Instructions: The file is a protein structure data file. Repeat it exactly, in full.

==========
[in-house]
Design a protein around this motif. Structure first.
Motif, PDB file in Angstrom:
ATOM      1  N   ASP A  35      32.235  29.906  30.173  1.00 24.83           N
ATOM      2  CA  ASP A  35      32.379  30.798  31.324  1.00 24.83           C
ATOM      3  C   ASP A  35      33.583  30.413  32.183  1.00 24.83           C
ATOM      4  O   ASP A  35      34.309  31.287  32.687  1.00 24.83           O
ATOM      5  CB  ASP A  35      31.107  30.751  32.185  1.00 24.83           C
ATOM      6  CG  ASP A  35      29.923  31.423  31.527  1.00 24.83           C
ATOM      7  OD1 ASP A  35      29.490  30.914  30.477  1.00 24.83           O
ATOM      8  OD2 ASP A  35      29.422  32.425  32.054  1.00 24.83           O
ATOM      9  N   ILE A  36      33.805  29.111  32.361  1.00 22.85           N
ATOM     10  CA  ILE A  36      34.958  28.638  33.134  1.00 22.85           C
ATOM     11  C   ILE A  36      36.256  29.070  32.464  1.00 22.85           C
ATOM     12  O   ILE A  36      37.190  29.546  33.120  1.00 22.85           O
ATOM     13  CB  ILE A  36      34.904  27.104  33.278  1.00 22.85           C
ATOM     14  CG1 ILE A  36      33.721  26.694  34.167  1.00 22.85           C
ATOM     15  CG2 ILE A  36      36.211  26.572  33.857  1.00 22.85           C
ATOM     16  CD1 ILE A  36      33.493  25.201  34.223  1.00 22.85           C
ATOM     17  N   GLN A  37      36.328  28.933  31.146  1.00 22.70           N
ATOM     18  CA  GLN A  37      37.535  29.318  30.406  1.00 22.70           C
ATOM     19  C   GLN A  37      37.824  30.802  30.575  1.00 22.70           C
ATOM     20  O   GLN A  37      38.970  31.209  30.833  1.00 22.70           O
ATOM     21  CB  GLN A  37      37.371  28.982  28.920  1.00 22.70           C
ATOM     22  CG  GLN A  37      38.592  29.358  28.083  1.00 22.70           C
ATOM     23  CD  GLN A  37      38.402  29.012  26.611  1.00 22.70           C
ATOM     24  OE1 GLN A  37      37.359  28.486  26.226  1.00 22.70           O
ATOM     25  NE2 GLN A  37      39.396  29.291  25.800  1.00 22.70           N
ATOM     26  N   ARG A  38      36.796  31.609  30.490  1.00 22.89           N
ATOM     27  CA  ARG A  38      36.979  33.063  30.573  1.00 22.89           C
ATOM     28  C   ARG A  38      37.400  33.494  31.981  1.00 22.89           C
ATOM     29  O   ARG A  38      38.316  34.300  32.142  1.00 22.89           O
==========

[in-house]
Design a protein around this motif. Structure first.
Motif, PDB file in Angstrom:
ATOM      1  N   ASP A  35      32.235  29.906  30.173  1.00 24.83           N
ATOM      2  CA  ASP A  35      32.379  30.798  31.324  1.00 24.83           C
ATOM      3  C   ASP A  35      33.583  30.413  32.183  1.00 24.83           C
ATOM      4  O   ASP A  35      34.309  31.287  32.687  1.00 24.83           O
ATOM      5  CB  ASP A  35      31.107  30.751  32.185  1.00 24.83           C
ATOM      6  CG  ASP A  35      29.923  31.423  31.527  1.00 24.83           C
ATOM      7  OD1 ASP A  35      29.490  30.914  30.477  1.00 24.83           O
ATOM      8  OD2 ASP A  35      29.422  32.425  32.054  1.00 24.83           O
ATOM      9  N   ILE A  36      33.805  29.111  32.361  1.00 22.85           N
ATOM     10  CA  ILE A  36      34.958  28.638  33.134  1.00 22.85           C
ATOM     11  C   ILE A  36      36.256  29.070  32.464  1.00 22.85           C
ATOM     12  O   ILE A  36      37.190  29.546  33.120  1.00 22.85           O
ATOM     13  CB  ILE A  36      34.904  27.104  33.278  1.00 22.85           C
ATOM     14  CG1 ILE A  36      33.721  26.694  34.167  1.00 22.85           C
ATOM     15  CG2 ILE A  36      36.211  26.572  33.857  1.00 22.85           C
ATOM     16  CD1 ILE A  36      33.493  25.201  34.223  1.00 22.85           C
ATOM     17  N   GLN A  37      36.328  28.933  31.146  1.00 22.70           N
ATOM     18  CA  GLN A  37      37.535  29.318  30.406  1.00 22.70           C
ATOM     19  C   GLN A  37      37.824  30.802  30.575  1.00 22.70           C
ATOM     20  O   GLN A  37      38.970  31.209  30.833  1.00 22.70           O
ATOM     21  CB  GLN A  37      37.371  28.982  28.920  1.00 22.70           C
ATOM     22  CG  GLN A  37      38.592  29.358  28.083  1.00 22.70           C
ATOM     23  CD  GLN A  37      38.402  29.012  26.611  1.00 22.70           C
ATOM     24  OE1 GLN A  37      37.359  28.486  26.226  1.00 22.70           O
ATOM     25  NE2 GLN A  37      39.396  29.291  25.800  1.00 22.70           N
ATOM     26  N   ARG A  38      36.796  31.609  30.490  1.00 22.89           N
ATOM     27  CA  ARG A  38      36.979  33.063  30.573  1.00 22.89           C
ATOM     28  C   ARG A  38      37.400  33.494  31.981  1.00 22.89           C
ATOM     29  O   ARG A  38      38.316  34.300  32.142  1.00 22.89           O